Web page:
That car was just one of a bunch of electric conversions that were on the floor at this year’s SEMA show, which should serve as a big neon sign to those of you paying attention to the automotive aftermarket. Love them or hate them, electric conversions are coming, and they’re going to be a big part of the automotive scene in the very near future.
Realistically, this shouldn’t be much of a surprise. The game started to change the moment a Tesla took out a Hellcat in a drag race.
Then again, for some of us, it was hinted at even earlier.
Back in my drag racing days, I met John Wayland — the owner of a 1972 Datsun 1200 drag car converted to electric power. Known as “White Zombie,” it ran low 12s back in the early 2000s and smoked my big-block Chevrolet constantly. Silently.
Even back then, circa 2006, it was clear that the power was nothing to mess with. Wayland once mentioned just how careful you had to be with electric motors — Zombie made something like 700 lb-ft at zero RPM back then, which would have been enough to send it through the garage wall and up the tree in the backyard if you accidentally bumped the throttle when it was “on” — but only if you weren’t being careful while working on it. I remember that car generating a good bit of buzz in the media at the time, too, even if it was considered offbeat. Still, it worked. It worked well.
Around that same time, another local racer would often bring an electric drag bike to the strip as well. It sounded like a giant DeWalt drill, but it smoked its tire instantly in the burnout box, and it would leave hard, with just the yelp of a wrinkling slick ringing out across the staging lanes. Eight seconds later, it was a distant brake light. People took notice, if only to shake their heads in astonishment.
Fast-forward to now, and it’s clear that those grassroots racers were on to something — but many in the mainstream still just aren’t ready for it, as demonstrated by social media in the weeks after the debuts and product launches of SEMA 2021. I lost count of how many people lashed out at GM for ruining Project X by swapping its powertrain.
“This isn’t hot rodding.”
“Put it back.”
“Y’all made the world’s biggest ’57 Chevy golf cart.”
Now, I’m as much of a motorhead as the next guy, but I don’t have a problem with Project X in its current configuration, and I think it’s because of all those memories of getting smoked by White Lightning on the dragstrip. To me, these gripes are akin to ’50s hot rod flathead guys grimacing about OHV V8s. What’s there to complain about if it works better?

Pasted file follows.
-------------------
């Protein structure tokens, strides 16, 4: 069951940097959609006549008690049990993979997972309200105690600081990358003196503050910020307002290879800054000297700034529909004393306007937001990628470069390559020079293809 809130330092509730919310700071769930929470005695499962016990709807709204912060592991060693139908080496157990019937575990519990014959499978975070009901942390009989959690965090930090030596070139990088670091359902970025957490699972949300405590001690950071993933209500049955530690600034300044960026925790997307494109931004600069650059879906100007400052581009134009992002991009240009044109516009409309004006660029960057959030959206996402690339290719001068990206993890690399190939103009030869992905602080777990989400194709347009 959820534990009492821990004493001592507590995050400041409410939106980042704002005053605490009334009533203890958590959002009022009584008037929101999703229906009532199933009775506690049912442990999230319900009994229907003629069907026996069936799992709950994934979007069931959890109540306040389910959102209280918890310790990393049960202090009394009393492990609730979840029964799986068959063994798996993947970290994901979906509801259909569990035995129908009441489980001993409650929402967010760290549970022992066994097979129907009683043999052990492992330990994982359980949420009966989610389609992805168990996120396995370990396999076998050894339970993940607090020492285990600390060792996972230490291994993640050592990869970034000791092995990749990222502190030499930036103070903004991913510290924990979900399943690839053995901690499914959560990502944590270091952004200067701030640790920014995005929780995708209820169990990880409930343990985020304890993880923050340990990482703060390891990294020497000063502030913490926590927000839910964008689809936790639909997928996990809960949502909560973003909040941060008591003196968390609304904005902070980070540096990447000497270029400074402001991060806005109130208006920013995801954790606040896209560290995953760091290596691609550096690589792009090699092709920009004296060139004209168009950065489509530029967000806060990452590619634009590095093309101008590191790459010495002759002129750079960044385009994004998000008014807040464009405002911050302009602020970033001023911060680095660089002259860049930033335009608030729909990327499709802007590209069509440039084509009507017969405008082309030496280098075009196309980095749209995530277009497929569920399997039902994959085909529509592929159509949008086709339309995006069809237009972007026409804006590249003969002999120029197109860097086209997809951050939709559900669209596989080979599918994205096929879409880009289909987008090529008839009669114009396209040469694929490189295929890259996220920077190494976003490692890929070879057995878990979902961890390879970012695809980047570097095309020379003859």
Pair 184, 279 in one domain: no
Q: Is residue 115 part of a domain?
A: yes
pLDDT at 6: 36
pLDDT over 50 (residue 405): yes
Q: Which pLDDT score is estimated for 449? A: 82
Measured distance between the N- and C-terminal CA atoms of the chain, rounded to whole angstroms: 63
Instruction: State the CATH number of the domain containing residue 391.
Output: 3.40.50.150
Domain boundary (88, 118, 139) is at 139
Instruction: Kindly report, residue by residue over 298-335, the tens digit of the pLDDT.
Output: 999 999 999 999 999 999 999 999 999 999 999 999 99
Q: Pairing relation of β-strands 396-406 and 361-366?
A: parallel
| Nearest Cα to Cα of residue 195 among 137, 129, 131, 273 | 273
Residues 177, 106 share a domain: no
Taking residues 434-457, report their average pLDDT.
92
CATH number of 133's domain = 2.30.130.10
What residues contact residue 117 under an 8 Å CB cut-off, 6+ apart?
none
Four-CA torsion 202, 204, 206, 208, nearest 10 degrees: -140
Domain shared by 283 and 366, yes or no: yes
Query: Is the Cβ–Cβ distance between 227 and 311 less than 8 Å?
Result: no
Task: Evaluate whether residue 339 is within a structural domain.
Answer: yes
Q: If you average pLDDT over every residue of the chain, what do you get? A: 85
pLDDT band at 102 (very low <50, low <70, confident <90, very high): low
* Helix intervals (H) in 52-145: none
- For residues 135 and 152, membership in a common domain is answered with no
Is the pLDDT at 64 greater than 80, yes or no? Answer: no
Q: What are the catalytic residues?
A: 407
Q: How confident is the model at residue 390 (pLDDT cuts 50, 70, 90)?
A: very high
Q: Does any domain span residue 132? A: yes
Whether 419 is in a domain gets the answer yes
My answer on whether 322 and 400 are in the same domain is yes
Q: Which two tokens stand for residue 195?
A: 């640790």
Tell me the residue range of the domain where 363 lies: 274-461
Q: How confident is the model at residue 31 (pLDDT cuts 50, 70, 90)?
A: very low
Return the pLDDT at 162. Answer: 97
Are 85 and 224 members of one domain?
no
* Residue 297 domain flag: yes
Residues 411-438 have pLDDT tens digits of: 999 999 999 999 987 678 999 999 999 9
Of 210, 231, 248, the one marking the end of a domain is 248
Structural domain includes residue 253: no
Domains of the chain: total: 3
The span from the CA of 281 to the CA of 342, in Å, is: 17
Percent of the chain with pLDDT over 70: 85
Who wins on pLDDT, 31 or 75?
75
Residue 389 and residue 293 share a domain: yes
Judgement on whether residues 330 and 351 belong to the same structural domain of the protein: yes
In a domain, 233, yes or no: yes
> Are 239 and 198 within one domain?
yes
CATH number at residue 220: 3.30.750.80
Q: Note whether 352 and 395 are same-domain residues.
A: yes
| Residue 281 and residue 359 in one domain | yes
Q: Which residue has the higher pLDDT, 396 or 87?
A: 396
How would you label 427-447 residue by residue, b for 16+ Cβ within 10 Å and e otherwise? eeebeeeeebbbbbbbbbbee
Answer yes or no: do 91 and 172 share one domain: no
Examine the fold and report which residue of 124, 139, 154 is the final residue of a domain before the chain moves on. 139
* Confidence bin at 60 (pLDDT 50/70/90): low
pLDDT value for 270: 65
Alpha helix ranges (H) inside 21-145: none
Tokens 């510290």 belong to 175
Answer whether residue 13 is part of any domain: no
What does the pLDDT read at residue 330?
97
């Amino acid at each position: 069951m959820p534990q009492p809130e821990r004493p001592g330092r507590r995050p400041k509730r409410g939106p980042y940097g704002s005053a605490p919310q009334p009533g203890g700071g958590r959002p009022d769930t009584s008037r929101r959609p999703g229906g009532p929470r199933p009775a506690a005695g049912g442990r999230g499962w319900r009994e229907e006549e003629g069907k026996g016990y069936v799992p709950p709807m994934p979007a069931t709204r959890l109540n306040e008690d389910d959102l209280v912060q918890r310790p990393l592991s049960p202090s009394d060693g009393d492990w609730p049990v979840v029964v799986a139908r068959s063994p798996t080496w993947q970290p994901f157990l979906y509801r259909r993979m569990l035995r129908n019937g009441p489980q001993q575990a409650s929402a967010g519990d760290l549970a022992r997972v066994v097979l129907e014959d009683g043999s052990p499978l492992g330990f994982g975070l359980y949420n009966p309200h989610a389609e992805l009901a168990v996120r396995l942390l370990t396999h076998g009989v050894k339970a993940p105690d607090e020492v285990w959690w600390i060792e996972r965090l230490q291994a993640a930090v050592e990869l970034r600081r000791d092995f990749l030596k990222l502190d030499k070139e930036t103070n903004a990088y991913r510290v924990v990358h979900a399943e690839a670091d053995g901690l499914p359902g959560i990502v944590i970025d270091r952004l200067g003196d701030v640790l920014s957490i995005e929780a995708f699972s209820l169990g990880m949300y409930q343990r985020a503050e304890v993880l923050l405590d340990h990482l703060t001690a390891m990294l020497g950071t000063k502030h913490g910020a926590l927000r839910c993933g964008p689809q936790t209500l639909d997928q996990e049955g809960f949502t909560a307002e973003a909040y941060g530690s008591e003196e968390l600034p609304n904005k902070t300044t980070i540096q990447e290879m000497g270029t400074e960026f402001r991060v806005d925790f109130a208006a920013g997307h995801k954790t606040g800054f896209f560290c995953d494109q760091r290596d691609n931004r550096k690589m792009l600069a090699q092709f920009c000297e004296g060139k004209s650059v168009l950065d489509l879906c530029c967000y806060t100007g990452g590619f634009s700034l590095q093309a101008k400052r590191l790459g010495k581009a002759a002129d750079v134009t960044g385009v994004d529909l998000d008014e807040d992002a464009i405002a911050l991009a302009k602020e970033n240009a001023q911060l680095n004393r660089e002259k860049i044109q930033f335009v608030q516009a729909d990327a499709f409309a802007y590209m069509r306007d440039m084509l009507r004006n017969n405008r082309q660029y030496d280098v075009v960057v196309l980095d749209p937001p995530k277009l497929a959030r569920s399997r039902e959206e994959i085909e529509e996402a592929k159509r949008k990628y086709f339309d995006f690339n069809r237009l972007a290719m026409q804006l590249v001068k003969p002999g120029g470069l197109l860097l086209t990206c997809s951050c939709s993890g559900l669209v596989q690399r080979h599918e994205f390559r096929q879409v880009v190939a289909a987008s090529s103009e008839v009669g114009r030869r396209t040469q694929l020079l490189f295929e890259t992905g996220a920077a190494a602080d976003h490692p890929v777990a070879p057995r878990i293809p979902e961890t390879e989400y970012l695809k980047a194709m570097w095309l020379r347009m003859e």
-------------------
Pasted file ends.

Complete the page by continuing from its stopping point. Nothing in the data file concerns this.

Of course, the important part is making the tech better than gasoline power, which starts with quick charging and long range. Currently, it can be better, but it isn’t always — but these are early days yet.
Still, I don’t think internal combustion is going anywhere — to me, this is an addition, not a replacement. But that’s just me — and it’s clear there are a lot of others who feel differently.
Nonetheless, performance is what’s going to carry the EV torch in the eyes of hot rodders and car builders, and Dodge just made an announcement via an interview with Brand CEO Tim Kuniskis that I think is going to change things a little more quickly.
The Charger and Challenger — and their Hellcat variants — will be gone by 2024, replaced by a new electric muscle car.
You can bet that Dodge’s engineers and marketing people were paying close attention to the SEMA response this year, too, but they’re still walking the line on this new EV, because I’m sure they have every faith in the tech that they’re working up. In short, just like that old drag car, the tech works. It works well.
In the meantime, you can bet on there being a bunch of interest in the final versions of the old guard — Dodge’s Hellcat and SRT-branded Hemi-powered monsters. With an end date now in sight, traditional buyers who have been waiting to buy have been put on notice that the party is shifting gears, and that’s going to drive both availability and pricing on the final examples. That same enthusiasm may translate to vintage muscle values, too.
The world is changing, but while certain parts of the car experience are evolving, I don’t think that means that the specialty cars we know and love today will be somehow eliminated. But maybe it’s time to look at EVs as a value add versus a forced excursion away from the sound and the fury of muscle.
What do you think?